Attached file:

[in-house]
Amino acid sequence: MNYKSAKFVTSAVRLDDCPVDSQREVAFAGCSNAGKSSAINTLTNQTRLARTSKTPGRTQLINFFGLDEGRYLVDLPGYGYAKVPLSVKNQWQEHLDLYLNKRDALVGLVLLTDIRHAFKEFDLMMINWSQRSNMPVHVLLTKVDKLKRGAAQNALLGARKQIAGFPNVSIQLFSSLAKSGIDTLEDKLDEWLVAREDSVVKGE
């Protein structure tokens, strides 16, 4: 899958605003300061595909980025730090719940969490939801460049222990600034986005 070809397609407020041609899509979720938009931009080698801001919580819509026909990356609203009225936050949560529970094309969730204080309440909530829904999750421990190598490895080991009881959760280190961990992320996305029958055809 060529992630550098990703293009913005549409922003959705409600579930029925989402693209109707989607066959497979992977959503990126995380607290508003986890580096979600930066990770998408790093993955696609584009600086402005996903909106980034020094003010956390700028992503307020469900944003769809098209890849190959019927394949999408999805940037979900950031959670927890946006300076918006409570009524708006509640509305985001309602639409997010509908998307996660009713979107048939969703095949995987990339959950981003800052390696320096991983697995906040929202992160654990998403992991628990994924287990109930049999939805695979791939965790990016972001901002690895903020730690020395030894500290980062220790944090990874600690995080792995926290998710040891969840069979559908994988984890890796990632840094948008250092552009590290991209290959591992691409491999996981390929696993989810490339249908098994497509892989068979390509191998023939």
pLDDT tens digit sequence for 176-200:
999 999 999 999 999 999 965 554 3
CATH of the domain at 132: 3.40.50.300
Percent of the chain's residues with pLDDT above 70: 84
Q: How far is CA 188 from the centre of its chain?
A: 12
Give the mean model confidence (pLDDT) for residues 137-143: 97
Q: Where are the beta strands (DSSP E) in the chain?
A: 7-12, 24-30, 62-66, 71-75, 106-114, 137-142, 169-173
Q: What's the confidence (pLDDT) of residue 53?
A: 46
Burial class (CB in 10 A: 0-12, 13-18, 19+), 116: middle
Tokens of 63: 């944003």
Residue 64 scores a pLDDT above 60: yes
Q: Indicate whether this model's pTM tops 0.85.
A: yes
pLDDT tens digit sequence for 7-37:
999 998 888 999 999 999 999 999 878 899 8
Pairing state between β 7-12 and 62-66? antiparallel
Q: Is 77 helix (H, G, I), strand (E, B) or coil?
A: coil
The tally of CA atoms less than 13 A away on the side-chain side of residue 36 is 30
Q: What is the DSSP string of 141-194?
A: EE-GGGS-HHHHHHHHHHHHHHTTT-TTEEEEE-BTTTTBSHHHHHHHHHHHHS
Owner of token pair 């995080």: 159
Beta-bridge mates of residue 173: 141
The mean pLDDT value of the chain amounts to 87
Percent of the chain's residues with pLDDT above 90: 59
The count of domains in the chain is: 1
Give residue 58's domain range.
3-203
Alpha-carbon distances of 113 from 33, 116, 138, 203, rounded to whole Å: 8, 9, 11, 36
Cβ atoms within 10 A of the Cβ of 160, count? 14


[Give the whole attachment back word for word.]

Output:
[in-house]
Amino acid sequence: MNYKSAKFVTSAVRLDDCPVDSQREVAFAGCSNAGKSSAINTLTNQTRLARTSKTPGRTQLINFFGLDEGRYLVDLPGYGYAKVPLSVKNQWQEHLDLYLNKRDALVGLVLLTDIRHAFKEFDLMMINWSQRSNMPVHVLLTKVDKLKRGAAQNALLGARKQIAGFPNVSIQLFSSLAKSGIDTLEDKLDEWLVAREDSVVKGE
């Protein structure tokens, strides 16, 4: 899958605003300061595909980025730090719940969490939801460049222990600034986005 070809397609407020041609899509979720938009931009080698801001919580819509026909990356609203009225936050949560529970094309969730204080309440909530829904999750421990190598490895080991009881959760280190961990992320996305029958055809 060529992630550098990703293009913005549409922003959705409600579930029925989402693209109707989607066959497979992977959503990126995380607290508003986890580096979600930066990770998408790093993955696609584009600086402005996903909106980034020094003010956390700028992503307020469900944003769809098209890849190959019927394949999408999805940037979900950031959670927890946006300076918006409570009524708006509640509305985001309602639409997010509908998307996660009713979107048939969703095949995987990339959950981003800052390696320096991983697995906040929202992160654990998403992991628990994924287990109930049999939805695979791939965790990016972001901002690895903020730690020395030894500290980062220790944090990874600690995080792995926290998710040891969840069979559908994988984890890796990632840094948008250092552009590290991209290959591992691409491999996981390929696993989810490339249908098994497509892989068979390509191998023939």
pLDDT tens digit sequence for 176-200:
999 999 999 999 999 999 965 554 3
CATH of the domain at 132: 3.40.50.300
Percent of the chain's residues with pLDDT above 70: 84
Q: How far is CA 188 from the centre of its chain?
A: 12
Give the mean model confidence (pLDDT) for residues 137-143: 97
Q: Where are the beta strands (DSSP E) in the chain?
A: 7-12, 24-30, 62-66, 71-75, 106-114, 137-142, 169-173
Q: What's the confidence (pLDDT) of residue 53?
A: 46
Burial class (CB in 10 A: 0-12, 13-18, 19+), 116: middle
Tokens of 63: 């944003």
Residue 64 scores a pLDDT above 60: yes
Q: Indicate whether this model's pTM tops 0.85.
A: yes
pLDDT tens digit sequence for 7-37:
999 998 888 999 999 999 999 999 878 899 8
Pairing state between β 7-12 and 62-66? antiparallel
Q: Is 77 helix (H, G, I), strand (E, B) or coil?
A: coil
The tally of CA atoms less than 13 A away on the side-chain side of residue 36 is 30
Q: What is the DSSP string of 141-194?
A: EE-GGGS-HHHHHHHHHHHHHHTTT-TTEEEEE-BTTTTBSHHHHHHHHHHHHS
Owner of token pair 């995080």: 159
Beta-bridge mates of residue 173: 141
The mean pLDDT value of the chain amounts to 87
Percent of the chain's residues with pLDDT above 90: 59
The count of domains in the chain is: 1
Give residue 58's domain range.
3-203
Alpha-carbon distances of 113 from 33, 116, 138, 203, rounded to whole Å: 8, 9, 11, 36
Cβ atoms within 10 A of the Cβ of 160, count? 14